A woman was arrested Thursday after allegedly trying to burn down the birth home of Martin Luther King Jr., Atlanta police said.
The woman, Laneisha Shantrice Henderson, 26, was stopped by two tourists from Utah after they saw her pouring gasoline on the property, authorities said.
Henderson was charged with second-degree arson and interfering with government property. She was taken to Grady Detention for a psychological evaluation and will be transferred to Fulton County Jail once she’s discharged, police said.
The tourists told officers they were on a work trip from Utah and wanted to visit the historical landmark, which is closed to the public. They said they saw Henderson outside pouring liquid on bushes but initially did not think anything of it, according to an incident report.
The tourists asked Henderson if she was tending to the plants, but she did not answer them. They asked her a few more questions and then noticed that she was carrying a gasoline container, police said.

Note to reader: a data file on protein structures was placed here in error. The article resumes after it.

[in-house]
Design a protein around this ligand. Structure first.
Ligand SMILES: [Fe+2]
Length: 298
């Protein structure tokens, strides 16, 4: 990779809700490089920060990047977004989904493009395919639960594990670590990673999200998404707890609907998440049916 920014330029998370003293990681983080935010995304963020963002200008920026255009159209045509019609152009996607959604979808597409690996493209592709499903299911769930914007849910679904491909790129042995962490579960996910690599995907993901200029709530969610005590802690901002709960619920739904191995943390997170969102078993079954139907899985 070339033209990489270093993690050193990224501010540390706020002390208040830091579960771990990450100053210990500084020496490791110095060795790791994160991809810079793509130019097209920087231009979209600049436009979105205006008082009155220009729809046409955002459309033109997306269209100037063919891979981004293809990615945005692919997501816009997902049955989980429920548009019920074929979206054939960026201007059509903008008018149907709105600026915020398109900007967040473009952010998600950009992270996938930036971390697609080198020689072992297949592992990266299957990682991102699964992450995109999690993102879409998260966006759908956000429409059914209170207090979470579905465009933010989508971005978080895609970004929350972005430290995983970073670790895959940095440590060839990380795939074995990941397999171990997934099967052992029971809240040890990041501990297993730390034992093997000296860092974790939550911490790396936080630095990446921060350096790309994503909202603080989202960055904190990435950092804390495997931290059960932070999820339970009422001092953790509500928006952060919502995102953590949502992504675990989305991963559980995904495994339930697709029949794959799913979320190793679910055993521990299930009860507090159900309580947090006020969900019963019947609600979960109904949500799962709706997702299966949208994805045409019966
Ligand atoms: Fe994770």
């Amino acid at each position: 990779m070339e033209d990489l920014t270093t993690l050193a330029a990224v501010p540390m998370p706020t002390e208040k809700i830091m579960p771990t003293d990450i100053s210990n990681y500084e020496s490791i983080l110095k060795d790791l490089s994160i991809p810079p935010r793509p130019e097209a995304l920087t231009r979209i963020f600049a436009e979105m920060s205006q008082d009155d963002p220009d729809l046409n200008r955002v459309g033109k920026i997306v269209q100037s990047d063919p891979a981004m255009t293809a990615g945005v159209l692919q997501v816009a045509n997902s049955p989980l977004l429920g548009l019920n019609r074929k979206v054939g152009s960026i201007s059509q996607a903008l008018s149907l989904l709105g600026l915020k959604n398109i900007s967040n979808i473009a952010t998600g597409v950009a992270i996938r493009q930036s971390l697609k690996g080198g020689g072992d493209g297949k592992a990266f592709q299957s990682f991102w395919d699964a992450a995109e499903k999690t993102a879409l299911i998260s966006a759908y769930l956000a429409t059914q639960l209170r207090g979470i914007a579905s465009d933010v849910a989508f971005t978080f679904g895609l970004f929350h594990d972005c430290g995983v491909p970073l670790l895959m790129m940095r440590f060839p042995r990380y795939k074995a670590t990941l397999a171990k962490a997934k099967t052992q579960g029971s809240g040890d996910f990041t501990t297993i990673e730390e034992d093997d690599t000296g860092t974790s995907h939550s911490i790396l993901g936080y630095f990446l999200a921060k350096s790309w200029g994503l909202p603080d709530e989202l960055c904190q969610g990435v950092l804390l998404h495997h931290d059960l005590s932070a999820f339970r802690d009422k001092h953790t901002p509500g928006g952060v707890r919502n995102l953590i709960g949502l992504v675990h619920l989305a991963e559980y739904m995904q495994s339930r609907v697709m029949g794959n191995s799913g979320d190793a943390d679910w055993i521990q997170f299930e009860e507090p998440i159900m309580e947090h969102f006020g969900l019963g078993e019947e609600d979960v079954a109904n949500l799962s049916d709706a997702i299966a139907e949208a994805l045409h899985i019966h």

“When they realized what was going on, they started to plead with Ms. Henderson to stop, but she was ignoring them,” according to the incident report. “It also seemed as if she started to rush and pour the gasoline out faster on and around the historical house.”
One witness told NBC affiliate WXIA-TV of Atlanta that he stood at the bottom of the stairs outside the home and told Henderson to stop “and blocked her for about a minute, kept blocking her from going up the stairs.”
Bystanders helped detain Henderson until officers arrived. The witnesses said that while they detained her, she allegedly tried to spark the lighter she was holding, the incident report stated.
Police Chief Darin Schierbaum told WXIA that their quick action “saved the jewel of our city.”
The Martin Luther King, Jr. Center thanked the people who helped stop Henderson.
“Tonight, an unfortunate incident occurred at the birth home of Dr.Martin Luther King, Jr. as an individual attempted to set fire to the historic property. Fortunately, the attempt was unsuccessful, thanks to the brave good samaritans and the quick response of law enforcement,” the center said in a post on X.
The FBI said it was aware of the incident, but could not comment further.
The home, which the National Park Service acquired in 2018, is currently closed until November 2025 for extensive renovations.